Also, wear hearing protection if you cannot get away from the noise source.

Even though noise-induced hearing loss is irreversible, it is completely avoidable.




50-60  Automated toothbrush 40 Quiet Office and Library 40 Peaceful Neighborhood
50-75  Machine For Washing     50 Big Office 70 Highway Traffic 
50-75  Conditioning unit 70-95 Power Lawn Mower 85 Loud restaurant with much traffic
50-80  Electrified Razor 80 Manual Tools and Machines 90 Truck , Shouted Dialogue
55        Percolator for coffee 84 Handsaw 95-110 Motorbike
55-70  Dishwasher 90 Tractor 100 Snowmobile 
60       Sewing Device 90-115 Metro 100 Dancing at the School, Boom Box110
60-85  Carpet cleaner 100 Electric drill Disco, Music Club 
60-95  Hair Dryer 100 Factory Equipment 110 Busy Video Arcade 
70-80  coffee grinder 110 Power Saw 110–120 Rock Show
70-95  Trash Removal 110 Leaf Blower 112 High  Personal Music Player
75-85  Toilet flush 120–125 Chainsaw, Hammer On Nail 117 Stadium Football Games
80        Portable Toaster 120 Heavy Equipment Pneumatic Drills 120 Band Concert
80        Doorbell 120 Jet Plane at Ramp 125 Auto Stereo
80        Caller on the Phone 150 Jet Engine Lifting Off 130 Stock Car Events
80        Whistling Kettle 120 Emergency siren  143 bicycling horn
80-90   Food processor or mixer 130 Jackhammer and power drill  150 fireworks
80-90   Blender 130 Air Raid  156 Cap Gun 
110      Infant crying 135 Percussion Section at Symphony 157 Balloon Pop
110      Squeaky Toy Placed Next to the Ear 140 Aircraft Lifting Off (At 3 Feet) 162 Fireworks
135      Toys that make noise 150 Artillery Fire at 500 Feet 163 Rifle
189 Rocket Launching from Pad 166/170 Handgun, Shotgun


Types Of Sound That Affect Hearing Ability 

In addition to the example provided above, you can utilize the information below to help you decide if a decibel level is safe.


1. Unsafe & Painful

The human ear is extremely vulnerable to damage from decibel levels between 120 and 140 dB and is uncomfortable.

Even a brief regular exposure to such loud noises might burst the eardrum and result in immediate hearing loss.

  1. Between 120 and 140 dB, common sources of unpleasant and harmful noises include:
  2. An airplane launching;
  3. The clap of thunder;
  4. A chainsaw or jackhammer;
  5. The sound of a high-caliber gunshot, such as one from a shotgun or rifle.


2. Uncomfortable

Sounds between 110 and 120 dB are said to be unsafe for human hearing.

They can be very uncomfortable and even cause pain, instantly damaging your hearing.

Common sources of 110-120 dB sound include:

  1. Jet plane or helicopter;
  2. Rock concert or symphony orchestra
  3. Large-scale sporting events
  4. Car horn
  5. Leaf blower
  6. Power saw


3. Extremely loud

Very loud sounds are 80 dB or more and up to 110 dB.

According to the general rule, all sound pressure levels greater than 85 dB are extremely loud and possibly dangerous and harmful to human hearing.

When exposed to sounds louder than 85 dB, experts advise using hearing protection.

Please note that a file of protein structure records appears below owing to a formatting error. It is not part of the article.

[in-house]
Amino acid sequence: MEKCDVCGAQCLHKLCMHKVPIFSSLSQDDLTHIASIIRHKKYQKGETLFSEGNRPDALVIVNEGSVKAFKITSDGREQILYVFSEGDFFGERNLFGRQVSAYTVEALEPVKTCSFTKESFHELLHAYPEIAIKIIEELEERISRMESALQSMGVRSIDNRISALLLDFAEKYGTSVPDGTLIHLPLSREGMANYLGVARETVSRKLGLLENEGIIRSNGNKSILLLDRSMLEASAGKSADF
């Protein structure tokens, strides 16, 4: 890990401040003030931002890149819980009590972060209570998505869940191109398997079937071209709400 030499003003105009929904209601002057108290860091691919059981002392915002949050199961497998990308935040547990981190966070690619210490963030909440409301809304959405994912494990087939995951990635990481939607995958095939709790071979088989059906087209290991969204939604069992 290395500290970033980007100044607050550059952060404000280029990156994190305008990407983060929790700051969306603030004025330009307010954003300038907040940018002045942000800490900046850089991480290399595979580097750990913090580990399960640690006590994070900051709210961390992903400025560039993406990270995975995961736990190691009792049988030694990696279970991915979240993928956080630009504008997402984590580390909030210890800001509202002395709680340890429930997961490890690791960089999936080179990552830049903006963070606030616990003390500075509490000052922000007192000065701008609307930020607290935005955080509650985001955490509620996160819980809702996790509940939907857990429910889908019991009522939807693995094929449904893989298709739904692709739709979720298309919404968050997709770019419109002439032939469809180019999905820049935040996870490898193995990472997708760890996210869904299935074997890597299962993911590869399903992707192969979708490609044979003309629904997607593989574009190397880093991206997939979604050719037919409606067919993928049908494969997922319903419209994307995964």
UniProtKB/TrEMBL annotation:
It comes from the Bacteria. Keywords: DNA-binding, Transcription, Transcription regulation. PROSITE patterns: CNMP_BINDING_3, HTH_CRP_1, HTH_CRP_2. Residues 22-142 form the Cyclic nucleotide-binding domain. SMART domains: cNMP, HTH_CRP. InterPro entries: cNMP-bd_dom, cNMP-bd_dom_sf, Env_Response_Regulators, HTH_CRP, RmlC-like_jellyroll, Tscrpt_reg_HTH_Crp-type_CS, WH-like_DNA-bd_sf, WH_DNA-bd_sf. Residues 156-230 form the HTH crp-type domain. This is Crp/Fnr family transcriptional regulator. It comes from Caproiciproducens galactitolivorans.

Examples of 80-110 dB sound that are typical include:

  1. Turning up the volume of your personal audio system or listening device to 100 dB;
  2. The power tool noise is 90 dB.
  3. Clock radios: 80 dB.


4. Irritating

While not harmful, noise levels between 70 and 80 dB can occasionally be irritating or even annoying.

This is particularly valid when you’re attempting to concentrate, like when you’re working or studying.

This degree of background noise may damage schoolchildren’s ability to learn to understand and read.

Those who are exposed to these noise levels for an extended period may experience stress and an increase in blood pressure.

Here are some common noises that range between 70 and 80 decibels:

  1. Vacuum or waste disposal is 80 dB
  2. 70 dB from car tires;
  3. Typical traffic noise level: 70 dB.


5. Loud

Human hearing is safe from sounds between 60 and 80 dB. Yet they are still seen as noisy.

Some examples of sounds in this range include:

  1. loud restaurant (70–80 dB);
  2. loud radio, between 70 and 75 dB;
  3. 70 dB for city streets;
  4. 70 dB for a hairdryer;
  5. 70 dB for a dishwasher;
  6. 60 dB for an electric shaver;
  7. 60 dB for a typical chat.


6. Moderate

Decibel levels between 40 and 60 are considered moderate.

No matter how long you are exposed to these levels, they are appropriate and not harmful to your hearing.

Moderate sound examples include:

  1. Regular speaking pitch;
  2.  Rainfall
  3. The refrigerator;
  4. Minimal traffic
  5. A street for houses


7. Soft 

Soft sounds range in volume from 20 to 40 dB and are extremely gentle.

You can be exposed to these loud levels for an endless period of time without harming your hearing.

Soft noise examples include:

  1. Serene setting
  2. Someone whispering;
  3. The sound of leaves rustling;
  4. An empty library.


8. Very quiet 

Noise levels between 10 and 20 dB are quite low and safe for your hearing.

These sounds are a little louder than your breath.

And these sounds have a volume of 10 dB, which is comparable to a soft whisper of the wind blowing over a leaf.


9. Almost inaudible

Despite the sensitivity and accuracy of our ears, we cannot hear every sound.

Some people are too quiet to hear or distinguish.

Between 0 and 10 dB are barely audible sounds, such as a person breathing or a leaf resting.


Guidelines to Prevent Hearing Loss